Yet here we are in 2018 and the Douglas Adams-sounding Hulu is indeed the best way to watch our favorite shows from NBC, FOX and Comedy Central.
Hulu comes in two flavors: the standard on-demand streaming service you've always known and loved, and the new Hulu with Live TV.
The former works well and is well worth its cost of entry. Sure, it'll run you $7.99 and air with a few advertisements, but it's nothing you're not used to coming from traditional cable. On the homepage you'll find highlighted shows based on your past visits to the site as well as curated content from Hulu HQ. This includes game trailers, new movie trailers, popular clips from last week's new episodes as well as a few themed playlists.
The other option on the table is Hulu with Live TV, a cable alternative that will run you around $39.99 a month – which is, unfortunately, limited to the US. The service fulfills its name by offering you a bevy of live TV channels and 50 hours cloud DVR service and two simultaneous screens. This is a bit less than the next contender on our list – YouTube TV – which offers more screens and unlimited DVR space.
The biggest problem with Hulu is that it lets users run head first into the paywall, keeping you from the content you're most apt to pay for.
Some call this good business. Some call it extortion. Wherever you stand on the subject the fact that you get so much free content upfront means that the old adage of "you get what you pay for" definitely does not apply here.
4. YouTube and YouTube TV
Ask someone what they think was the biggest internet revolution of the 21st century and they'll probably say it was YouTube. And with good reason - the user-generated video-blogging site has changed the online landscape forever.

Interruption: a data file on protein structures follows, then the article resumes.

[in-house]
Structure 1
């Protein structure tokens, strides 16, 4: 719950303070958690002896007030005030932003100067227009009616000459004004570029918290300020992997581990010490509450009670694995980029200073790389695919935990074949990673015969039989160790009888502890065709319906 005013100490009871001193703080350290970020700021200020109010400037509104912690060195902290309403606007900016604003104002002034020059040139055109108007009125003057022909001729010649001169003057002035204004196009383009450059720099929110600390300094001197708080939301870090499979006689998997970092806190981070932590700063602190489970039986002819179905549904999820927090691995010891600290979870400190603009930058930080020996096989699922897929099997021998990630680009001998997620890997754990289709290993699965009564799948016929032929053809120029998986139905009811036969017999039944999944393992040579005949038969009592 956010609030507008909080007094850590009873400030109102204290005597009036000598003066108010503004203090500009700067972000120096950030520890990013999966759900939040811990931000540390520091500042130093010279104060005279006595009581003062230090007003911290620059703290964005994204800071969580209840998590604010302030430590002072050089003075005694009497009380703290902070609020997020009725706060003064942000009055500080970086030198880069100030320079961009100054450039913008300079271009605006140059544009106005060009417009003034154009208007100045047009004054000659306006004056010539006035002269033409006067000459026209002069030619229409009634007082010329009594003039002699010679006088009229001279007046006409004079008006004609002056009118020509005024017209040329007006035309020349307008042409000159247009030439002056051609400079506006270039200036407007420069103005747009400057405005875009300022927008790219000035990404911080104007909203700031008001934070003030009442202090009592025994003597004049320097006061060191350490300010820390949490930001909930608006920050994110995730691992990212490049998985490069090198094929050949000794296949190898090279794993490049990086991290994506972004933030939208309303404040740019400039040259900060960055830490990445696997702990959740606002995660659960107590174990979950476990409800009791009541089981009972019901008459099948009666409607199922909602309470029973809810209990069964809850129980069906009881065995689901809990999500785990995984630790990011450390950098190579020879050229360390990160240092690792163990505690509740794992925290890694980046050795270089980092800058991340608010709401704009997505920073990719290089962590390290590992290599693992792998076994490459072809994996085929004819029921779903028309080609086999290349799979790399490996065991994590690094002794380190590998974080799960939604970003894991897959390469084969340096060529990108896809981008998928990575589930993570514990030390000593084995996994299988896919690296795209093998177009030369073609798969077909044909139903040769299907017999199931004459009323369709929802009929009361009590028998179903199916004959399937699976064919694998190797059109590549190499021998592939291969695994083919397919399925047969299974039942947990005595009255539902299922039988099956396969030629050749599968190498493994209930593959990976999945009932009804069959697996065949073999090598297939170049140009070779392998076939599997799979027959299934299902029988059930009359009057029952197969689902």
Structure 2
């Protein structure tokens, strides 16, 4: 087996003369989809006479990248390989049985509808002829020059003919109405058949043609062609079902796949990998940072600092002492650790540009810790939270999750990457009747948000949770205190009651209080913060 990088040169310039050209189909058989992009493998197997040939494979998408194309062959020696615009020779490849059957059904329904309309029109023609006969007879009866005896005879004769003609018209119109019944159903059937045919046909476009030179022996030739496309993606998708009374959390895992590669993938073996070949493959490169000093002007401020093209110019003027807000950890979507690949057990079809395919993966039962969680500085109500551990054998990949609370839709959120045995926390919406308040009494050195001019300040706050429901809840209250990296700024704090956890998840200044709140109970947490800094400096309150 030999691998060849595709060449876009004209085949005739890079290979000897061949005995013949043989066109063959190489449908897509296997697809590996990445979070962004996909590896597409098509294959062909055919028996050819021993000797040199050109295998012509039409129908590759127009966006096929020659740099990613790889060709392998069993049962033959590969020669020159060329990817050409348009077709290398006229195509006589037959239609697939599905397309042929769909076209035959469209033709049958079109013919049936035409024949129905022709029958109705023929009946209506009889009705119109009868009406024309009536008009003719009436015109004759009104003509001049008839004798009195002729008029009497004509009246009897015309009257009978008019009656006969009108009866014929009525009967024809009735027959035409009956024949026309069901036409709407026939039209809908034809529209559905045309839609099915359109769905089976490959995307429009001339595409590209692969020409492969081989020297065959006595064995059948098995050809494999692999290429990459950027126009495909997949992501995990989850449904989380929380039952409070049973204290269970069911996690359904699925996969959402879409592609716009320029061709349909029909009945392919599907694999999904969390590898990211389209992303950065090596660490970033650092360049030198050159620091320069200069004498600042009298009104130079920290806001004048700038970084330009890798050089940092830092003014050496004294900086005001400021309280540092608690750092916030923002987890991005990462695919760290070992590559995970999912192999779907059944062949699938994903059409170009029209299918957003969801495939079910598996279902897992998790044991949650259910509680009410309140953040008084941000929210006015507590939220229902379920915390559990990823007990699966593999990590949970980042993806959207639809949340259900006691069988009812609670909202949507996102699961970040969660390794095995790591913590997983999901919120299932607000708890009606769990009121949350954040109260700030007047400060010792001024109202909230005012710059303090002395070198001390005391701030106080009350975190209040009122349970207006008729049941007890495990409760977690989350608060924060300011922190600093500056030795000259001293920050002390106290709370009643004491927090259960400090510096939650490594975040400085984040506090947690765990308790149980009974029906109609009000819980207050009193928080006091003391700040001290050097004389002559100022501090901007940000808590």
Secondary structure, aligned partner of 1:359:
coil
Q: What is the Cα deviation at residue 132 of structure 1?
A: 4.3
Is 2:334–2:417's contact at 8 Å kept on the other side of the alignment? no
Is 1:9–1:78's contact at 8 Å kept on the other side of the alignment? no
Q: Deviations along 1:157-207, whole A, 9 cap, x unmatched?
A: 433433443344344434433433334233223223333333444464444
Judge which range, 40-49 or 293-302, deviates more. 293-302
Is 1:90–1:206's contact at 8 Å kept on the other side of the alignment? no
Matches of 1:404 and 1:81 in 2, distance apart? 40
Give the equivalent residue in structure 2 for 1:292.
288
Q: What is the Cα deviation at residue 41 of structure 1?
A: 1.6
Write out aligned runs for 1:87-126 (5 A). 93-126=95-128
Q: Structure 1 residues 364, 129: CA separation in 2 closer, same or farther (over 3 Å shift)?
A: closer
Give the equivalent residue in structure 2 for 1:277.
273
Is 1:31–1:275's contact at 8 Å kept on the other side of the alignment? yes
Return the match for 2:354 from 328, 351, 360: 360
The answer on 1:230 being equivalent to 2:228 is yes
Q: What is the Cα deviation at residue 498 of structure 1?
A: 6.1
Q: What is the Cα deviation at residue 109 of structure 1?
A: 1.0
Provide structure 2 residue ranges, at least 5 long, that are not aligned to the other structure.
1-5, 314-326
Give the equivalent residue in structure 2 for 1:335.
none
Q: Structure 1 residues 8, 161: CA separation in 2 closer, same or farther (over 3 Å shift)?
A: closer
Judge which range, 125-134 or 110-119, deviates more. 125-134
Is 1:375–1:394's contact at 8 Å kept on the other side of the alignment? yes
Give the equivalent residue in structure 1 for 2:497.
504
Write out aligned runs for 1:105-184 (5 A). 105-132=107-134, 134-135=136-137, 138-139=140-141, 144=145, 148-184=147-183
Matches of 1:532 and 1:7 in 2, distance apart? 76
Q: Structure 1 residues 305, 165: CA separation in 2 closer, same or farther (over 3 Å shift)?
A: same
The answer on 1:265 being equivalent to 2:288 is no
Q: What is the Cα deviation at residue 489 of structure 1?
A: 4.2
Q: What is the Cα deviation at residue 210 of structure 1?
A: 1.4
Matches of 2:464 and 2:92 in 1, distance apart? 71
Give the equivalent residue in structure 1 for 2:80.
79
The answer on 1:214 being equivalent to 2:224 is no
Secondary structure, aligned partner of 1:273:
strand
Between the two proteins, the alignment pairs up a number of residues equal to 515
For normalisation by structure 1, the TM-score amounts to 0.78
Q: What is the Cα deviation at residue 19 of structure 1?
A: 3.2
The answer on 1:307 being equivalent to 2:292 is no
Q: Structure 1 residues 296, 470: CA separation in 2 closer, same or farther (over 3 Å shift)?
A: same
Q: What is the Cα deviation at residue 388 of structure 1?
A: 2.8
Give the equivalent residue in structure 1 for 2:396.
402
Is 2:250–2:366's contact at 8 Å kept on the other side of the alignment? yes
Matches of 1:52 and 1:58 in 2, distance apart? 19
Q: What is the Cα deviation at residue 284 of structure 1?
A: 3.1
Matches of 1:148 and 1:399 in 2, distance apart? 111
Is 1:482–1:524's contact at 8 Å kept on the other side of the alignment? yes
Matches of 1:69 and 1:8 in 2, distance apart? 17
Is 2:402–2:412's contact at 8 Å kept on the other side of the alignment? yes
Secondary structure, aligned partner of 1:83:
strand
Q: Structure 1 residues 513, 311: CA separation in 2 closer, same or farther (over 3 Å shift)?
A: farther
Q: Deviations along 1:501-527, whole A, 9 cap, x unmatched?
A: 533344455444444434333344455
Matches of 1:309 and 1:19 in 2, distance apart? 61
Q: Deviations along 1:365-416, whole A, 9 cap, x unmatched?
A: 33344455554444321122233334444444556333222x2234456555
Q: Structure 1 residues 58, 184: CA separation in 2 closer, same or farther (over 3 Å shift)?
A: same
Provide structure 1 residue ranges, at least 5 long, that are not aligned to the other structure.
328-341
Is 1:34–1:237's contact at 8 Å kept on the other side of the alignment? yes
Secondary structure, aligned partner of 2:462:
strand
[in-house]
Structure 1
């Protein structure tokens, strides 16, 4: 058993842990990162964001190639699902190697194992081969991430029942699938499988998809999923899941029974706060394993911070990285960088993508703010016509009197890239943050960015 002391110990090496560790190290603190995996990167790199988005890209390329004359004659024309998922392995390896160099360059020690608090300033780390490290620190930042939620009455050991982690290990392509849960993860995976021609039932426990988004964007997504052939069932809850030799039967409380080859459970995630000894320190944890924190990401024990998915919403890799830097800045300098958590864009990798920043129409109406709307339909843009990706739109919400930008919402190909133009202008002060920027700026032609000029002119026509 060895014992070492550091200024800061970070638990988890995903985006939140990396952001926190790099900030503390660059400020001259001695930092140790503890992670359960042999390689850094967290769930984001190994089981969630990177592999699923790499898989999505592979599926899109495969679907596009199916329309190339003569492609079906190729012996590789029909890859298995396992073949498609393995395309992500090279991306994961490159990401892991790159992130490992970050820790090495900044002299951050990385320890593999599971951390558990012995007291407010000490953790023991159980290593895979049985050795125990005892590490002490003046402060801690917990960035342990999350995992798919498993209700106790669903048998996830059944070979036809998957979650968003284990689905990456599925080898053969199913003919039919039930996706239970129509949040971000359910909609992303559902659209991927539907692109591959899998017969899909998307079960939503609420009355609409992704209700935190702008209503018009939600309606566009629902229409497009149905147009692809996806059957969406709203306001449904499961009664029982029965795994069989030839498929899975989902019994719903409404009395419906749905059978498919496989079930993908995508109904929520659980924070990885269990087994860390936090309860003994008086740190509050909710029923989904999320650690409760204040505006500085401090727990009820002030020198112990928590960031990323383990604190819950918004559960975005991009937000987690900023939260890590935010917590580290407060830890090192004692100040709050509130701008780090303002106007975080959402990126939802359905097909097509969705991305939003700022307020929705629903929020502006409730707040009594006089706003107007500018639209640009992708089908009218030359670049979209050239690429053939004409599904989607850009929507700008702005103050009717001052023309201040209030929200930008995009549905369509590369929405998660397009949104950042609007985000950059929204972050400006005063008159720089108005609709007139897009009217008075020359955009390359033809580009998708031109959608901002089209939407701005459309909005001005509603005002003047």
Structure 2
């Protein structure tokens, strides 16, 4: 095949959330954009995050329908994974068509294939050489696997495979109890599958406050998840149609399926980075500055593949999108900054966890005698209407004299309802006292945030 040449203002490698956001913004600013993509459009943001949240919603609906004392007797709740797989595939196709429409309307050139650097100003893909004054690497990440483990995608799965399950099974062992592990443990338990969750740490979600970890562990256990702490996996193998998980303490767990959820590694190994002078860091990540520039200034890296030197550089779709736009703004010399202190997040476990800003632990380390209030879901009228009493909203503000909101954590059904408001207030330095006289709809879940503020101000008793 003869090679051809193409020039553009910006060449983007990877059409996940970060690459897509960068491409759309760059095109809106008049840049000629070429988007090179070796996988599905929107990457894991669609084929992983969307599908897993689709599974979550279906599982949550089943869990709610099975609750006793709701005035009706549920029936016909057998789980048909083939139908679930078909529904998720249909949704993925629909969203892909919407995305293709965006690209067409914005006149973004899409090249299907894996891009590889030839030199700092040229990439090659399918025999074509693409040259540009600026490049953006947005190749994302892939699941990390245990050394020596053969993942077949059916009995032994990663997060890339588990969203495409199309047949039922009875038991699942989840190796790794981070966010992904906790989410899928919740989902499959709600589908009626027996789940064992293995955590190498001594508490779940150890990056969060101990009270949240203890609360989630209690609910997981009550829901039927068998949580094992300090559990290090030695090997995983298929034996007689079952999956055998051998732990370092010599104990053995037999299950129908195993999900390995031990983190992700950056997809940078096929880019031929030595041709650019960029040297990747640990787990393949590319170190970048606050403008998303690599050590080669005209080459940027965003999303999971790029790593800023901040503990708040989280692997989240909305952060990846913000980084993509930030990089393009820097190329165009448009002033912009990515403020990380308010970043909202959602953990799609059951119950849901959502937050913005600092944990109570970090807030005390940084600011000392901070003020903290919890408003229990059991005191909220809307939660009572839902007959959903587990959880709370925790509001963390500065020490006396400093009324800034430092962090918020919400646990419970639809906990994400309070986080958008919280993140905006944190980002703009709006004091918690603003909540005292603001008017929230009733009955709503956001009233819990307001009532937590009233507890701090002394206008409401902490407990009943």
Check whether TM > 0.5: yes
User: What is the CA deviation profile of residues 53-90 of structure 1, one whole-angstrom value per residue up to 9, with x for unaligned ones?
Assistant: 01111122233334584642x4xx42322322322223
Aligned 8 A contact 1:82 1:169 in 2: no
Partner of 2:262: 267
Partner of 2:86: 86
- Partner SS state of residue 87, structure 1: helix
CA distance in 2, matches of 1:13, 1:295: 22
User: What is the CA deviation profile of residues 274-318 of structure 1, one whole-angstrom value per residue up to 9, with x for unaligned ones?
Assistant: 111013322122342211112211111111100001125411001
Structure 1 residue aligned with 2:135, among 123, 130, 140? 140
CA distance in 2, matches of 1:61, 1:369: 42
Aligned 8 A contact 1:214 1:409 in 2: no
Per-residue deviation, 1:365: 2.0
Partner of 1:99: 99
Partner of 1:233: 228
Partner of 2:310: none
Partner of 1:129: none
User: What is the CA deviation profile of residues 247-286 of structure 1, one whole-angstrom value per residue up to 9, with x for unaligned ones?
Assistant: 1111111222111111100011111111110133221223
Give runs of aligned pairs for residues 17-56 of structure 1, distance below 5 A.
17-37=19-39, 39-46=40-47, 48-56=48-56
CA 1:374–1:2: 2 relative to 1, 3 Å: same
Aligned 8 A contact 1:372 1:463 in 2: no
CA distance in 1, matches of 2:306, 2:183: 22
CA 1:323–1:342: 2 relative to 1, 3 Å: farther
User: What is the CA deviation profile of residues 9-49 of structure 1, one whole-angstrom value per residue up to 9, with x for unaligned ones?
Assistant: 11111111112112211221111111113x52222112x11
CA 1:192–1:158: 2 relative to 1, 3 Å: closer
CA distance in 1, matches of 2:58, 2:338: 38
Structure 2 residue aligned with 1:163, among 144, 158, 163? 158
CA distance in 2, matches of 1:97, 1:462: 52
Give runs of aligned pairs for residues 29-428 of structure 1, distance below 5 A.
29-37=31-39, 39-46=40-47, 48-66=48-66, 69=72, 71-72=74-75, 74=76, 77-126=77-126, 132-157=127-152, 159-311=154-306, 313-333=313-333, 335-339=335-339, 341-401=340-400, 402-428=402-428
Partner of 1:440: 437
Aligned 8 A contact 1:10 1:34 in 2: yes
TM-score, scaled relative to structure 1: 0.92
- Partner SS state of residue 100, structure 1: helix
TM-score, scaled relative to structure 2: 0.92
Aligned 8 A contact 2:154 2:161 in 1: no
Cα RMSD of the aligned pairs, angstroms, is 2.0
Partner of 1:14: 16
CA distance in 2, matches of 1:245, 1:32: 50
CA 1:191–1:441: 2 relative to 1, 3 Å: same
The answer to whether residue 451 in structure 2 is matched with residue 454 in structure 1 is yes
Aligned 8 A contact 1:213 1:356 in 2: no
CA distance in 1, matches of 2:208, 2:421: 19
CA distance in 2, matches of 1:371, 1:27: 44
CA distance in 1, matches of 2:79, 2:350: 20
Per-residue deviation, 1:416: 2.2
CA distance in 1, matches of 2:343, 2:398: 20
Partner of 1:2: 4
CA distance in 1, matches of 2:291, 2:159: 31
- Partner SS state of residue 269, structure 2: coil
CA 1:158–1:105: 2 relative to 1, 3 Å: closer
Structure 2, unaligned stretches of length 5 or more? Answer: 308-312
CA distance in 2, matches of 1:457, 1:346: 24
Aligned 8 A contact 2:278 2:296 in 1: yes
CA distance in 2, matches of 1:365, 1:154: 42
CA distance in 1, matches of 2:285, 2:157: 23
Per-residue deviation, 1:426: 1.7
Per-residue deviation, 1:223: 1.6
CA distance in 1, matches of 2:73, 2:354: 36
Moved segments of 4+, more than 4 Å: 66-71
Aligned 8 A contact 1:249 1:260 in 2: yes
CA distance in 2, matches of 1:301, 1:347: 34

It lets anyone, however well known they are (or not), whatever the quality of their content and wherever they hail from, upload their weird and wonderful videos for anyone around the world to watch at their convenience. The beauty of YouTube is that in the blink of an eye it's taken the broadcasting power from the bigwigs and placed it right in our hands.
OK, so it might not have stopped people wanting to watch a high quality, professionally made production in their living room TVs, but it's an insight into how TV might be produced in the future. After all with YouTube you don't need a big budget – or indeed any budget at all – to produce your own TV series and establish a massive following.
While the free portion of YouTube will always remain the most popular (the latest statistic says that a whopping eight years' worth of content is uploaded each and every day to the site), but if you're looking for quality content, YouTube TV is also an excellent option worth considering.
A subscription to YouTube TV is on the expensive side at $40 a month, but you're treated to a fair amount of content – around 60 channels replete with cloud DVR functionality. The service is available only in the US for now, however, and even here it's only available in around 100 markets around the country. Still, if you're lucky enough to be in one of those areas, it's the best live TV streaming service out there right now.
5. HBO Now and HBO Go
HBO Go? More like HBO-Do-Not-Pass-Go-Without-a-Cable-Subscription, amiright?
But no, seriously, in order to get into the member-only club that is HBO Go you're really going to need the login info of a paying cable subscriber. If you've got one of those, subscribing to HBO Go is an absolute no-brainer – it's free for you! Go on, download it right now and put our word to the test.
If borrowing mom and dad's cable account info isn't in the cards and the ominous cable bill is too threatening to even consider, there's HBO Now, a $15 per month service that gives you access to HBO's entire content library.
Alongside the new shows of Game of Thrones, Silicon Valley and West World you'll also find heaps of big-budget films, new and old, and the stable of HBO classics like The Sopranos, Deadwood, Oz, True Blood, Sex in the City, Rome and The Pacific. The service doesn't get as many updates as say, Netflix, Hulu, or Amazon do, but episodes are typically added within hours of them airing on cable.
HBO is a bit more selective about which device it interfaces with than Netflix and YouTube, but so far you can find it on Amazon Fire TV, Android/iOS, Apple TV, Chromecast, Roku, PlayStation 3, PlayStation 4, Xbox 360, Xbox One and the whole line of Samsung Smart TVs.